4 Numbers That Determine Your Buying Power

Buying a house is a lengthy process, and there is a list of things to consider before signing your name for the last time. While you are sizing up the house, mortgage lenders are looking at a few specific numbers that could paint another financial picture for you. You will want to have a sense of how you stand in these four areas before you even begin your house hunt.

Credit Score

This score is the most basic way lenders analyze you, looking at your creditworthiness, which is your ability to pay back your loan each month. Five factors determine your credit score, with each having its own importance. Here’s how it breaks down: payment history (35%), amounts owed (30%), length of credit history (15%), credit mix (10%), and new credit (10%).

Having a low credit score doesn’t always mean you don’t qualify, but it does make this more challenging. Your interest rate is also determined by your score, having higher payments for lower scores. On the other hand, having better scores makes payments less expensive.

Down Payment

Cash will remain king even though times are changing. The more money you can put down upfront the more buying power you have in the end. There are many benefits to having the prerequisite of 20% down. Putting the 20% down, or more, can eliminate the need for private mortgage insurance (PMI), and let you be able to negotiate for lower interest rates.

It all comes down to how committed you appear, and how financially ready you are to make a giant purchase.

Debt-to-income Ratio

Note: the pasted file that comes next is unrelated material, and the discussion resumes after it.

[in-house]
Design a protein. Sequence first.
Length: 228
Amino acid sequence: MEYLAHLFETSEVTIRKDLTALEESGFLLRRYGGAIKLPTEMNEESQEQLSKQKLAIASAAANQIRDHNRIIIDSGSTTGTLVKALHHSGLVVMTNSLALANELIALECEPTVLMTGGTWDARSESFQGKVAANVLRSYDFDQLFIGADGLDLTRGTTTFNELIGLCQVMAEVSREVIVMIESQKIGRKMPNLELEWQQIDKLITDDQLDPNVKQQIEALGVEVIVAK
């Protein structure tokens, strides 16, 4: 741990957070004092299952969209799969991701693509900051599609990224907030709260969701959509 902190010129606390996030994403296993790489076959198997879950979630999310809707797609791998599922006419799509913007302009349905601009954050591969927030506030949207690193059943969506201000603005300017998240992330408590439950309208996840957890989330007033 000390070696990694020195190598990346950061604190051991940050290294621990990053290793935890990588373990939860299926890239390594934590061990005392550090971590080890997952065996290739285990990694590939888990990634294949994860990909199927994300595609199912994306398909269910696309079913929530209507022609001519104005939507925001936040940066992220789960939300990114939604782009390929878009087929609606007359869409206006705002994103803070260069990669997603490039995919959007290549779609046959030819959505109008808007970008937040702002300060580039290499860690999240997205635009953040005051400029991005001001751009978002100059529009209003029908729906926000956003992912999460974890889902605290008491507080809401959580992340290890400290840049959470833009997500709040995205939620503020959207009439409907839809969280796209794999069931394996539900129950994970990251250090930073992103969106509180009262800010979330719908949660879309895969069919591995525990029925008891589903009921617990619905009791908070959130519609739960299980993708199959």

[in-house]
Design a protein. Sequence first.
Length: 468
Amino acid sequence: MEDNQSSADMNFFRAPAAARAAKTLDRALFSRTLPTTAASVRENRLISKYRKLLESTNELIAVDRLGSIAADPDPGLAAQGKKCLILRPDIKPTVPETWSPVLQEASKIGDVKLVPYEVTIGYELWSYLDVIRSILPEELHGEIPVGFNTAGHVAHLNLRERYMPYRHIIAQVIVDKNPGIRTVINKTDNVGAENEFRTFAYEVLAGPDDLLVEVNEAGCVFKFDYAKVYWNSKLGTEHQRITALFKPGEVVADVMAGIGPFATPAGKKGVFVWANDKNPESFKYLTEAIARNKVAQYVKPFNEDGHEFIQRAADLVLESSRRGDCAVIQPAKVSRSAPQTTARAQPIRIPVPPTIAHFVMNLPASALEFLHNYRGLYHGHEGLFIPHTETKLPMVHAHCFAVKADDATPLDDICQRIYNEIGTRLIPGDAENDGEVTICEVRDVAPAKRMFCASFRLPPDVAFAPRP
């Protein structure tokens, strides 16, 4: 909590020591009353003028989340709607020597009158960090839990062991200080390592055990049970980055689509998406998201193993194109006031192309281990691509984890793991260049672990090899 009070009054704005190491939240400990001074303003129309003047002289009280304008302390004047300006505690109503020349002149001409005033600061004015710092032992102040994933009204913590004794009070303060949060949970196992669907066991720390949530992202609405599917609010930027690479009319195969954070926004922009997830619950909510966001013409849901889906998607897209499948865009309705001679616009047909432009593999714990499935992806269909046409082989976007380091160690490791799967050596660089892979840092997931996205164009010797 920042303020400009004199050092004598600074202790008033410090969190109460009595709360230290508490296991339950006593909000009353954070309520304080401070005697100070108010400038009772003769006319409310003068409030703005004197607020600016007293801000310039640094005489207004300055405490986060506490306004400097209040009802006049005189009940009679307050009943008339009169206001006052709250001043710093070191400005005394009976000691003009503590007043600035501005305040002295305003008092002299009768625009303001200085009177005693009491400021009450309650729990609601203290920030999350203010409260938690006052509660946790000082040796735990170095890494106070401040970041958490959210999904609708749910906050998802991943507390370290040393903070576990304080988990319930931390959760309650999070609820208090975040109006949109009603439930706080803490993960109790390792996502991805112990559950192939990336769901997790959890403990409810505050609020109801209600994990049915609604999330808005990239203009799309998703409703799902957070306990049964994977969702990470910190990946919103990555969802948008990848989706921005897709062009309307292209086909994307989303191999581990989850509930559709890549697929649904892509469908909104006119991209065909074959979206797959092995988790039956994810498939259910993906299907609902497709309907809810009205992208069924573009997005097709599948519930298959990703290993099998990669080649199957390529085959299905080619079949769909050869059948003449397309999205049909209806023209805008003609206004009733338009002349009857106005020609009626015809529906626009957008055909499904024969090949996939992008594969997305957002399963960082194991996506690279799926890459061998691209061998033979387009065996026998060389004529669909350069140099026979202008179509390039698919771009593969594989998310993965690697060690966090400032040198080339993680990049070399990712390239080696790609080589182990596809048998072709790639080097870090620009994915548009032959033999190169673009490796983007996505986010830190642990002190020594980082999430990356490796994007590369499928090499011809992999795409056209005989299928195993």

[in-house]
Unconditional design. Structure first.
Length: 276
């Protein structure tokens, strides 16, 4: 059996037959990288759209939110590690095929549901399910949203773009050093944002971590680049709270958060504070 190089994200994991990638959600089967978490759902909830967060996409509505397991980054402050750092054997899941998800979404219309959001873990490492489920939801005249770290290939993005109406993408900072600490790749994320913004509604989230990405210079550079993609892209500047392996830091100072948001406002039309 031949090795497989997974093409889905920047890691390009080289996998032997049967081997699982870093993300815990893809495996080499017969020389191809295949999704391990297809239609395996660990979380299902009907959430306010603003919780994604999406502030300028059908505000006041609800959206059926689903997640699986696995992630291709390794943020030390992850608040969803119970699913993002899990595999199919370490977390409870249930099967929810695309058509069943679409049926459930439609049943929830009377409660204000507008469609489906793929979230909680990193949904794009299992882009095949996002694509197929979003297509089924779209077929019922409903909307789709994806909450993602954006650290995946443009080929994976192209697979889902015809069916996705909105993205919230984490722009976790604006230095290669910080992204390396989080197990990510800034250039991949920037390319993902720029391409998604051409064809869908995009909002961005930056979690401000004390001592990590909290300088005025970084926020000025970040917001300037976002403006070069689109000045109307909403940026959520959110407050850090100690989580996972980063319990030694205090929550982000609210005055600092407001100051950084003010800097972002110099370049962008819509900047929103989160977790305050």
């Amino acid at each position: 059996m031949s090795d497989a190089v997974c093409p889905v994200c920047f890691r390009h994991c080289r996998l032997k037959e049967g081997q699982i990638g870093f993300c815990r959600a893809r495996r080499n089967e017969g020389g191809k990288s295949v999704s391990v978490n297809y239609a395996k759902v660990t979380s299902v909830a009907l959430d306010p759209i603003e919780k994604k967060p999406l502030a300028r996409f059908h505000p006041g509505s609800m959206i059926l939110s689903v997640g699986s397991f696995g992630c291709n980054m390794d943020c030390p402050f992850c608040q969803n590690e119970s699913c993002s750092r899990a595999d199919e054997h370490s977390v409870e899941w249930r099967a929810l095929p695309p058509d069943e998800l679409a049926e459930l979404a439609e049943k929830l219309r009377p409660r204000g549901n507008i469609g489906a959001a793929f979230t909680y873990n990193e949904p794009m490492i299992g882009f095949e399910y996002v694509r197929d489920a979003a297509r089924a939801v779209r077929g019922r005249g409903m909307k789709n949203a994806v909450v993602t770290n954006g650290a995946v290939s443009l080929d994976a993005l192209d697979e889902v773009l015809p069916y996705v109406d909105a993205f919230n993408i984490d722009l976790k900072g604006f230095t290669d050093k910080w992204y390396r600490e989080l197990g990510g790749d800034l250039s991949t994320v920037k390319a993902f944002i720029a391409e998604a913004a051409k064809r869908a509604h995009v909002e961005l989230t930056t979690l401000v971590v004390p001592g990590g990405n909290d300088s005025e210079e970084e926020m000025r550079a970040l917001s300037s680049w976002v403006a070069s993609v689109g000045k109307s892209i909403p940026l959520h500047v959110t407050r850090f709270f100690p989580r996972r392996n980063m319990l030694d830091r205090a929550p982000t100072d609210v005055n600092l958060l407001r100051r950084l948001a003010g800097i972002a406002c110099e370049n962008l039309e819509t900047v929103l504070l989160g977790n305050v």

Having a good steady income is excellent, but it isn’t everything when determined your mortgage qualifications. Lenders are looking for assurance you can pay your mortgage back on top of all the other expenses you have. They will begin looking at your front-end ratio, or housing ratio – your monthly house payments, which include insurance, taxes, interest, and PMI all divided by your monthly income. You want this number to remain below 28%.  

The next ratio they’ll look at is your back-end ratio, aka debt-to-income ratio. Once calculated, they determine how much of your monthly pay goes towards your existing debts. This is calculated by your totally monthly debt payments divided by your total monthly household income. You want this number below 36%.

Even if you land slightly above the target numbers, it won’t kill your dream of owning a home in the near future, but it can affect your loan terms.


Lenders worry most about whether the borrower will have a steady income, and if they have the financial resources on hand to keep up with their payments. You will be asked to submit a list of all your assets, which shows where the money for the down payment is coming from (your money or someone else’s). They’ll also look to see how healthy your savings account and investments are. The fatter your cushion, the better shape you will be in. Start stacking on your cushion and be ready.

Bottom Line

Watch these numbers and take care of them, make the needed changes before you start house hunting, so when you do find that one house, you will be squared away with the lenders.  

Post a Comment